To What Do You Rise

Due to the fact that for quite a few years now I have known that I wanted to concentrate more towards science than humanities as I continue my education, I have not had as much experience as others who have had the opportunities to take part in extracurricular programs including Model United Nations, Youth Parliaments, and the myriad of other youth conferences.

I have been lucky enough to be brought up by parents with intention for me to be well rounded. Last year I participated in Youth and Government, a YMCA organized youth program that allows some three to four thousand Californian students to quite simply take over the California capital in model legislature and court. This amazing experience gave me a voice and opinion in issues of national and international importance. It allowed me to realize that though I may be young I do have a voice, as I am sure other students have also discovered while participating in these youth programs.

The reason I bring this into focus is because I feel the need to consider the reason behind being granted a voice. It is not to be used for only gossip and idle chatter, but to make a difference in whatever way possible. Each individual is entitled to his or her own opinion; this cannot be forgotten. However, my voice does not need to be used to only give my opinion and make change with my idea and speech skills. As in my case of continuing towards becoming an aspiring surgeon, my voice will determine the decisions I must make every day when it comes to helping people, and potentially saving lives.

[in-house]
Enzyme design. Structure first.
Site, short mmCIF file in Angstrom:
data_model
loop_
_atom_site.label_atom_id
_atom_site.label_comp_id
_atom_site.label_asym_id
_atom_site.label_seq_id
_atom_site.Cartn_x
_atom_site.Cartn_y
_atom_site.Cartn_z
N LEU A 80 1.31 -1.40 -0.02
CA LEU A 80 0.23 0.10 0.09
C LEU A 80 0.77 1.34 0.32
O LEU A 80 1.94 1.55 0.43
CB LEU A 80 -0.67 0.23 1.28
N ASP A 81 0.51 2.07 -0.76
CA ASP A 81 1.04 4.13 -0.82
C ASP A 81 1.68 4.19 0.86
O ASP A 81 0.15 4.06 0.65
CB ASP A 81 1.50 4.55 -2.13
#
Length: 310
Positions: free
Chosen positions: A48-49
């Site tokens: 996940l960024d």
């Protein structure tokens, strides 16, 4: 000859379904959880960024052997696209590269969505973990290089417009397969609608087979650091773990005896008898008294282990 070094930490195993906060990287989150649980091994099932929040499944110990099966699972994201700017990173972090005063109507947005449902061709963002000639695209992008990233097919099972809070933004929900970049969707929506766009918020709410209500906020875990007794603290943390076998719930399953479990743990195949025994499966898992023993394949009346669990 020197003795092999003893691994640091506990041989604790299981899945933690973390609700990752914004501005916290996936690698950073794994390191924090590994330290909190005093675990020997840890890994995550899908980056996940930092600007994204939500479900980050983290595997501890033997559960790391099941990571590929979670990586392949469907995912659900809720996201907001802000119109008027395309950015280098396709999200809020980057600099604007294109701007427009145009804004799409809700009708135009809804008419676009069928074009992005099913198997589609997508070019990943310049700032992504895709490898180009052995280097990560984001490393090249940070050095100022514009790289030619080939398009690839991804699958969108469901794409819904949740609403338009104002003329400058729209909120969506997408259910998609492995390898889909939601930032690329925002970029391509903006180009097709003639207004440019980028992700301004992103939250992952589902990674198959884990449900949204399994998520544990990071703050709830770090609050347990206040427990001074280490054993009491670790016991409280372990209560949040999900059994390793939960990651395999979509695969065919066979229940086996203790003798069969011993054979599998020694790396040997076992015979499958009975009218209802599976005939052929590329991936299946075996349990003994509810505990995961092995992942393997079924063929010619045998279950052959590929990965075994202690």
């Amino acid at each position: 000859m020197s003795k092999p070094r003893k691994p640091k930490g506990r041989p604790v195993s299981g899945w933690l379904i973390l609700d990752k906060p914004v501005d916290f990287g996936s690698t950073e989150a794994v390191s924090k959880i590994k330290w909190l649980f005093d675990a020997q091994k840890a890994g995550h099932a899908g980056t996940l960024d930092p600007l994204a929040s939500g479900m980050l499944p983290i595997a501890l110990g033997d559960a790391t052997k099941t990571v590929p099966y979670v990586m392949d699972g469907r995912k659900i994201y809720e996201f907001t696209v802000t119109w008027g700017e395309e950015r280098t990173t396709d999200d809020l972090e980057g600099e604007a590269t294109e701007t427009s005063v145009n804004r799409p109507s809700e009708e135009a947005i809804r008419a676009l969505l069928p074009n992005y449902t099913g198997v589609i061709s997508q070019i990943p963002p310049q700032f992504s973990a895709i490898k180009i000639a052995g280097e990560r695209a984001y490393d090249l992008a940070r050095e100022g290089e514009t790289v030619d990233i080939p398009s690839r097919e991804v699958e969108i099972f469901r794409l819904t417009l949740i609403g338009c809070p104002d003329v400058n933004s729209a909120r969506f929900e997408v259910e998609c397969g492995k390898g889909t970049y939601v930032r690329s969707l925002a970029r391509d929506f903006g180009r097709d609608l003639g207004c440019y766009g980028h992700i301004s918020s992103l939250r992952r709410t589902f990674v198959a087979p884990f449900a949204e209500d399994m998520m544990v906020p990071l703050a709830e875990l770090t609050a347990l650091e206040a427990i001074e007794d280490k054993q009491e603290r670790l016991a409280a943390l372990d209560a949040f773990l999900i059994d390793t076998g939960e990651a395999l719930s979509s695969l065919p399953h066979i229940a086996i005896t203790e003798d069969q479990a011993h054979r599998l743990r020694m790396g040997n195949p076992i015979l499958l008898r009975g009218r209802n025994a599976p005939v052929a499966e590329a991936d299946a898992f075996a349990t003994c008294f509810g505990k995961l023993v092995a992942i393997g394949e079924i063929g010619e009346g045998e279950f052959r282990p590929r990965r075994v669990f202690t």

In Youth and Government, as well as many other diplomatically structured programs, when a delegate would like to speak they must first rise from their seat. The presiding officer will then ask this delegate, “To what do you rise?” I find this sentence both intriguing yet empowering. Because what do people rise for? Everyday we must rise out of bed to continue our productive lives. Some rise to fulfill their job, take care of their kids, etc. I hope that in the future I will rise each day to make a difference in someone’s life regarding physical health.

However, today I rise as a writer to do my best and inform people that there are things happening in the world that they may not be well aware of. I know for a fact, that there are more Americans able to name everyone in the Kardashian Klan than those who are aware of the past elections in Israel or the recent shooting of over 20 tourists at a museum in Tunis. This information is not hidden from the people. In actuality it is on news programs throughout the entire day, but people are unable to click past MTV or E!

Regarding the attack in Tunisia, security forces have arrested four people linked directly to the attack with suspect to at least six more affiliated to terrorist groups. Not much is yet known, with the Prime Minister Essid stating that Tunisia will continue to learn about the attacks and the terrorist affiliation. This has been the worst attack on Tunisia since al-Qaeda suicide bombings in 2002.

I rise to raise my voice and bring awareness to others in hope that with more people knowledgeable about certain international situations, they will be addressed quicker with solutions found to evade similar circumstances.

More information regarding the attack at the Bardo National Museum can be found from constant updates at all major news outlets.

Referenced to Al Jazeera and BBC News, cited on 20 March 2015.

Written by: Emily Perotti

Edited by: Eng Sou Ea

Copy-edited by: Alisa Sophie Rasch


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